Wednesday, June 27, 2007

Tasty Food Books

Food as a pastime--food as a way of life--food as an obsession came to fruition in the 1980’s. We lived in New York City then, and were educated by columns from Molly O’Neill, whose tenure as a food writer at The New York Times coincided happily with the emergence of chefs as the new superstars. A comment she made at a panel for the New York City chapter of Culinary Historians in the 1990’s made quite an impression on me. O’Neill pointed out that in Italy, a fiercely class-based society, everyone eats the same food. Yet in America, a vociferous proponent of equality, one might say “Tell me what you eat and I’ll tell you where you are in the pecking order.” She said, “When McDonald’s starts serving salads with balsamic vinegar, it will disappear from fancy restaurant menus.” How very prescient.

At some point O’Neill seemed to disappear and I missed her. Now, though, you can meet up with her again in her autobiography Mostly True: A Memoir of Family, Food and Baseball, a perfectly splendid book. It’s a treat to read her account of growing up the elder sister of five boisterous brothers, one of whom is former Yankee star Paul O’Neill; of her development as a chef in Northampton, Provincetown and Boston; and, of course, the time she spent covering New York food as it exploded with creativity and snob appeal. It’s not just food that she writes about so convincingly. Reading about her life as a burgeoning feminist in Northampton is hilarious in a time-warp way.

After being absent from the literary scene for far too long, O’Neill seems back with a vengeance since about a year after her autobiography came out she edited American Food Writing, an anthology extending from colonial times to the present. We don’t see much of her in the book, but we get the benefit of her well-developed food sensibilities in the choices she made for excerpts. Unlike her autobiography, one wouldn’t sit down and read this volume straight through. But it’s fun to keep on the nightstand, to read it in small bites instead of one huge gulp.

Right after reading Almost True I read Thomas McNamee’s biography, Alice Waters and Chez Panisse, a thoroughly delightful romp through the history of one of America’s most famous, and certainly most iconic, restaurants. Luckily, for those of us with a penchant for the salacious in biographies, McNamee satisfies with sundry stories of the sex, drugs and rock ‘n roll that accompanied the establishment of Chez Panisse. I particularly liked the meaty descriptions of the many chefs who cooked there, of the ethical dilemmas Waters and her staff dealt with, and, to be sure, details of the foraging sorties that led to the current emphasis on “buy local.”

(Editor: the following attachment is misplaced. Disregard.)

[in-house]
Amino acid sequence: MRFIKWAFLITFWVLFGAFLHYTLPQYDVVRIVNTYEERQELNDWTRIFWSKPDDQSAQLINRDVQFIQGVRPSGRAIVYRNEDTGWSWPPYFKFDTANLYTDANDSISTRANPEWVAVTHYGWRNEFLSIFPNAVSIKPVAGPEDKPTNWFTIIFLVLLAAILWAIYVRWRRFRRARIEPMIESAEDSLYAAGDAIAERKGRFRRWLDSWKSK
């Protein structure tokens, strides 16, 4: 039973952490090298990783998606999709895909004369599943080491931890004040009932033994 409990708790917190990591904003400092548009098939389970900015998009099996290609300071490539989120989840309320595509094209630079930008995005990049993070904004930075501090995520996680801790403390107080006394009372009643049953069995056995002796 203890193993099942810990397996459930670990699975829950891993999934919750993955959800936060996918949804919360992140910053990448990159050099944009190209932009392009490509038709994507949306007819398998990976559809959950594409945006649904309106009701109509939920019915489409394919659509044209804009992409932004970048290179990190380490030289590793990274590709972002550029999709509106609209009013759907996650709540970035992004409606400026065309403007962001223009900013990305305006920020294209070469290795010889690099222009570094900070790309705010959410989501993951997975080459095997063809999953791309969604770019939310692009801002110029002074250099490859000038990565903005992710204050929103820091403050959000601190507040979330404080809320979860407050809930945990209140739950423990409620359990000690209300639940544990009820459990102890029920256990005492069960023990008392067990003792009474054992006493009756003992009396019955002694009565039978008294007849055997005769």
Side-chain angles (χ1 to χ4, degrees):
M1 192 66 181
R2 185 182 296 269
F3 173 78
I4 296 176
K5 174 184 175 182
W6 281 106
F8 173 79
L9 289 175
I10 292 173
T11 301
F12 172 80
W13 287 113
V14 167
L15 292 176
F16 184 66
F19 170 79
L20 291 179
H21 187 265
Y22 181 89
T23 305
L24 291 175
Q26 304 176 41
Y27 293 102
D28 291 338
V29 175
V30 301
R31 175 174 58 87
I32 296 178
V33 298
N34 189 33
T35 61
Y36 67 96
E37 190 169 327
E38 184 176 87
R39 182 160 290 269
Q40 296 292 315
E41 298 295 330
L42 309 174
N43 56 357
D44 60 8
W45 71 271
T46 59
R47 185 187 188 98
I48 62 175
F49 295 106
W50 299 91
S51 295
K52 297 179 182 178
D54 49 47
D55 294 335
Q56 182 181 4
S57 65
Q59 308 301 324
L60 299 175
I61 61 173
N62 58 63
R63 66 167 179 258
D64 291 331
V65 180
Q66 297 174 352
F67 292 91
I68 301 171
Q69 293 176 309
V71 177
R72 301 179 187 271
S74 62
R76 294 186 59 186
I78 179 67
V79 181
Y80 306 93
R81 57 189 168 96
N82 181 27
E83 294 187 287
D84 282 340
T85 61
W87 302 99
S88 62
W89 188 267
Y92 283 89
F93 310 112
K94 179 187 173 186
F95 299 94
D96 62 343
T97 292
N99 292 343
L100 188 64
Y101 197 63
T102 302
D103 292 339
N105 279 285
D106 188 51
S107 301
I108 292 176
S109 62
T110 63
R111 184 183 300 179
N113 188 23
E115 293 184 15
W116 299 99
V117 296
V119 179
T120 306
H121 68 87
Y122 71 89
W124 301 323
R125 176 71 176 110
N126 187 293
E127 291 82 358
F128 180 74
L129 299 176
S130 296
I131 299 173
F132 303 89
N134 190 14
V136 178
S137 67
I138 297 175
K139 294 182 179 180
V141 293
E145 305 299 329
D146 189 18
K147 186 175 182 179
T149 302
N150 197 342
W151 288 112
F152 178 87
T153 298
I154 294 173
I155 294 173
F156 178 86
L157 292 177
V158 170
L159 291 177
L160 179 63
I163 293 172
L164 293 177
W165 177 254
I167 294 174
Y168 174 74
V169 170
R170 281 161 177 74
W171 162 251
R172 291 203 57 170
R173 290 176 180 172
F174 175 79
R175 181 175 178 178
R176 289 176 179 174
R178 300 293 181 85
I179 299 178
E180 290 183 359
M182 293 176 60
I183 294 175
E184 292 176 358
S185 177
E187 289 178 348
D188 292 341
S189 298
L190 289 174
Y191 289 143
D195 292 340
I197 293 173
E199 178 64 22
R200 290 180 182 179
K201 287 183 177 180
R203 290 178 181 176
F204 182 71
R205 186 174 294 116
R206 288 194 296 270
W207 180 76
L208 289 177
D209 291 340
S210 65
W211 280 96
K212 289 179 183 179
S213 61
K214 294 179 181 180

Over the weekend I read Russ Parsons’s new book, How to Pick a Peach: The Search for Flavor From Farm to Table. Parsons is the food editor and chief food writer for The Los Angeles Times, whose name you might recognize from the occasional article the Berkshire Eagle publishes in its food section. Like his earlier book, How To Read a French Fry, this one provides well written and interesting information about sustainable farming. And like the earlier one, there are about 100 recipes.

This being a book on fruit and vegetables, Parsons divides it into the four seasons, with botanical and culinary information on a wide variety of produce we all eat (or should eat). I took an immediate fancy to the book because the very first entry is on artichokes, a food I love to eat but am terrified to prepare. He made it seem so easy that I’m thinking it’s finally time to relax enough to learn to make them. In each entry, the reader learns where the produce is grown, and how to choose, store and prepare it.

One aspect of our food system is made very clear—more than half of American produce comes from California. Internalizing that fact is sobering. I need to think it about that, and figure out what it means in terms of “buy local.” If, as in our case, “local” is 3000 miles away from the major food source.

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